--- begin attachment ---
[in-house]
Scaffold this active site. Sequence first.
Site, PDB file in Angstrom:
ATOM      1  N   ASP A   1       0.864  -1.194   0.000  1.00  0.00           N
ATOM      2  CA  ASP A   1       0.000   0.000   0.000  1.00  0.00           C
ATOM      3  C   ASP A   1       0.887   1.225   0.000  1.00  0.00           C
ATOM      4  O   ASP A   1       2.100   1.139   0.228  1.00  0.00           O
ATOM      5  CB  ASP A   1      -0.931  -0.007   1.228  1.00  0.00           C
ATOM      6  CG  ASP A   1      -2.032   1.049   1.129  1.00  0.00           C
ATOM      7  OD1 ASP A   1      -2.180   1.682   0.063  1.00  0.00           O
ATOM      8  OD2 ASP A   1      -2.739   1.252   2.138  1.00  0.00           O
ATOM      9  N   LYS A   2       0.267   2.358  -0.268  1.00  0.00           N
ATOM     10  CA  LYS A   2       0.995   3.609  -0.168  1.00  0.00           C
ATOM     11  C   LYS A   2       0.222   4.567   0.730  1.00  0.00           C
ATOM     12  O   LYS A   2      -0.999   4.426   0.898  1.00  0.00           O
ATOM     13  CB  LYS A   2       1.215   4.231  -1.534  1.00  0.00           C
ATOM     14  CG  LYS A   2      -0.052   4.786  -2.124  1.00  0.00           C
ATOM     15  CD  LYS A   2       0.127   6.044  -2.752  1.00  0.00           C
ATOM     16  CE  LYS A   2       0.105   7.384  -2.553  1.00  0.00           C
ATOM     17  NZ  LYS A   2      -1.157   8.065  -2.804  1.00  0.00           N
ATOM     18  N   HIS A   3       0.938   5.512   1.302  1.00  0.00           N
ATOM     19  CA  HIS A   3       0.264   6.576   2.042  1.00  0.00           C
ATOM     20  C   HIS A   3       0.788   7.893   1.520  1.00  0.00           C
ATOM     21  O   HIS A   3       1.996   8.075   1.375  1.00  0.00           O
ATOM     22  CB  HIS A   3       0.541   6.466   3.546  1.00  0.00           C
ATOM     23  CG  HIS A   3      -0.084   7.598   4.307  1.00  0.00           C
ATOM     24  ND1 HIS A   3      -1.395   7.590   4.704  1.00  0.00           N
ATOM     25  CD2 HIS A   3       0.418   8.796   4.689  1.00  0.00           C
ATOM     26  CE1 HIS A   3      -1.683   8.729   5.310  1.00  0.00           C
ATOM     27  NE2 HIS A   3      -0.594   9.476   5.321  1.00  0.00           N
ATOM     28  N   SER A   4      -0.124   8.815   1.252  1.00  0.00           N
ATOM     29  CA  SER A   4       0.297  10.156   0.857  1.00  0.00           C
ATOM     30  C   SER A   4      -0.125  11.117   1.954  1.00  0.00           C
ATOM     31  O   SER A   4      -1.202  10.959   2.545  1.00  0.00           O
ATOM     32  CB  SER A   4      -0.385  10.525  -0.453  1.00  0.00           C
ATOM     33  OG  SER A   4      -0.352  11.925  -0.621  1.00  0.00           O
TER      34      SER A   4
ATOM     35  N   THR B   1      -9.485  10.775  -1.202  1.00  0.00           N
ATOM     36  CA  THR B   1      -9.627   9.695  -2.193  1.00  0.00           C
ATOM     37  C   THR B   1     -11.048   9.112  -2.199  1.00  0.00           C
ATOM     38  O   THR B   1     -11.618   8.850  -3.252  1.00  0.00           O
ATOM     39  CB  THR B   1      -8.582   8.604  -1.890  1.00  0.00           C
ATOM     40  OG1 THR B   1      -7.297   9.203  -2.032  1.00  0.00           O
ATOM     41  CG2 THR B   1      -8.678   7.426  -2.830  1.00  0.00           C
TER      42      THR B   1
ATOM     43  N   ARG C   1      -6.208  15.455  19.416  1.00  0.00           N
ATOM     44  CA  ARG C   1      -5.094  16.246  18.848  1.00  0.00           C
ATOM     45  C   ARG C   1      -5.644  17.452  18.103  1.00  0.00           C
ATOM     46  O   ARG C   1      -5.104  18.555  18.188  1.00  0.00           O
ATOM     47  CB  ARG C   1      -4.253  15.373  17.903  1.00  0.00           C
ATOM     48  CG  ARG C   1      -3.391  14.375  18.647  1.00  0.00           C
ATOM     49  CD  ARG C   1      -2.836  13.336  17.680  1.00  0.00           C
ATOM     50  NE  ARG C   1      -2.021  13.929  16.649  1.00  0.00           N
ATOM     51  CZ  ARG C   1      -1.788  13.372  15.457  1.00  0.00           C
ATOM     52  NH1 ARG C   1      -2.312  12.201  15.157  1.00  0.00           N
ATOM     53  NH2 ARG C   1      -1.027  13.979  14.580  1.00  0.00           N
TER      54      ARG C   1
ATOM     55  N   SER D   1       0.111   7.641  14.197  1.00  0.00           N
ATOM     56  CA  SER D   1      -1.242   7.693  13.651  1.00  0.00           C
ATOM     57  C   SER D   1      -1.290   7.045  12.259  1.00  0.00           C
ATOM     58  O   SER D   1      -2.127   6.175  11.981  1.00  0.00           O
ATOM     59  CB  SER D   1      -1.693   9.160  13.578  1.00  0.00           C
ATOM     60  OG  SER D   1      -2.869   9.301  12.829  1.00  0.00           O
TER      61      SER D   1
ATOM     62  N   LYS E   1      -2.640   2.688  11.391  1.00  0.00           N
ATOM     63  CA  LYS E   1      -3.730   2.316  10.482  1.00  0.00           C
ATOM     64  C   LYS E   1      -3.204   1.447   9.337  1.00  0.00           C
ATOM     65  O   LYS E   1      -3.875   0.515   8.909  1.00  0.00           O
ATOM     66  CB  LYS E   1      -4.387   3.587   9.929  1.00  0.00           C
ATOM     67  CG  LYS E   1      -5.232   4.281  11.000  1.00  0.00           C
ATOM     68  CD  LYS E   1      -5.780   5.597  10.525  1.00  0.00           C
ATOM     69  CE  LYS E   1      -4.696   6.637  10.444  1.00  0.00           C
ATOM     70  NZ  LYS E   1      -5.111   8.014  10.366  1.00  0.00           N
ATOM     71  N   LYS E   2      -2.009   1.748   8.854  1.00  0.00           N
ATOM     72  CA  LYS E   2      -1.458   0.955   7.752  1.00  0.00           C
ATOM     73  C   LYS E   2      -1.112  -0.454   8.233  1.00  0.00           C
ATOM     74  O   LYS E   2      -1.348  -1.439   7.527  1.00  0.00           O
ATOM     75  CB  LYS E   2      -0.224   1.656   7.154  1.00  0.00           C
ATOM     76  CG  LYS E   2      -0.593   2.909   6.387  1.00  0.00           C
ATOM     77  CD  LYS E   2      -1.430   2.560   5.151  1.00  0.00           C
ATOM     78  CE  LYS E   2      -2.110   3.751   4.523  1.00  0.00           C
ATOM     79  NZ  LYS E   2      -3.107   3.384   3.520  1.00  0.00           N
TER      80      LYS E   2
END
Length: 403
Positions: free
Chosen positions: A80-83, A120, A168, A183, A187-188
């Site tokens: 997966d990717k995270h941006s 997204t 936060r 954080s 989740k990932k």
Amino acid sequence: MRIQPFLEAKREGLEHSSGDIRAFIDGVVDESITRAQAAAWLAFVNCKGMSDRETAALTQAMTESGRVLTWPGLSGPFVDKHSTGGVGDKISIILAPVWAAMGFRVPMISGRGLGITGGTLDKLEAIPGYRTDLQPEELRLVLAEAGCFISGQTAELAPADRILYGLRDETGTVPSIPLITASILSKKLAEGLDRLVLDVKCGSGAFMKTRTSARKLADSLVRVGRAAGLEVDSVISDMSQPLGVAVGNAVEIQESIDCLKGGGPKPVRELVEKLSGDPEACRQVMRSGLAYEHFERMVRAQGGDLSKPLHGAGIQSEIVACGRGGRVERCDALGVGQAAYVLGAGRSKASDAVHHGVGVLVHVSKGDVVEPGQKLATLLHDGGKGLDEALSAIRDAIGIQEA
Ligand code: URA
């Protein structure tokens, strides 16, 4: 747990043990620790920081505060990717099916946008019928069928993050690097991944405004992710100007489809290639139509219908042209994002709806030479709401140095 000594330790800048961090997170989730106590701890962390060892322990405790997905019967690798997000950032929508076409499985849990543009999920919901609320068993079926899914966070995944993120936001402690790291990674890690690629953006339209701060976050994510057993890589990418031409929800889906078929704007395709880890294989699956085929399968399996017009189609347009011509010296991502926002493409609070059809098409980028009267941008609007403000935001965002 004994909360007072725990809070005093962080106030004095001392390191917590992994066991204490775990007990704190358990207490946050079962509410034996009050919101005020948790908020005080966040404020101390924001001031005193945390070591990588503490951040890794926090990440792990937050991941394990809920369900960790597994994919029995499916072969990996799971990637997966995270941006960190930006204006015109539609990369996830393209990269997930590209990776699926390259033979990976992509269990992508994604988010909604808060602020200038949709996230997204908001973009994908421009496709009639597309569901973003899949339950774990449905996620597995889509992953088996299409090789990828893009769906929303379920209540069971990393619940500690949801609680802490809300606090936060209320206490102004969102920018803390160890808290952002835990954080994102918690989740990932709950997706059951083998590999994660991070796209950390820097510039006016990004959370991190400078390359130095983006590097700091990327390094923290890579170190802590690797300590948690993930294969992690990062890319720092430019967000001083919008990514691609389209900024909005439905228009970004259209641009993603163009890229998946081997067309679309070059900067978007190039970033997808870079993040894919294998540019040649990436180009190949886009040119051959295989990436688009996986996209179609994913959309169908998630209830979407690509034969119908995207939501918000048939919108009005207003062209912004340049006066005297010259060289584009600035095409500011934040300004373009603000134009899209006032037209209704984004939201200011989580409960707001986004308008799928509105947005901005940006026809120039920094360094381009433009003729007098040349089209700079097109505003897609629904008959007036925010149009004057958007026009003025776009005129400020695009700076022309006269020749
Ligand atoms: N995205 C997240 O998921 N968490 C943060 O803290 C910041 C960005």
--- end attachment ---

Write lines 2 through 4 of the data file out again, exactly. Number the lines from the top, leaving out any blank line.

Scaffold this active site. Sequence first.
Site, PDB file in Angstrom:
ATOM      1  N   ASP A   1       0.864  -1.194   0.000  1.00  0.00           N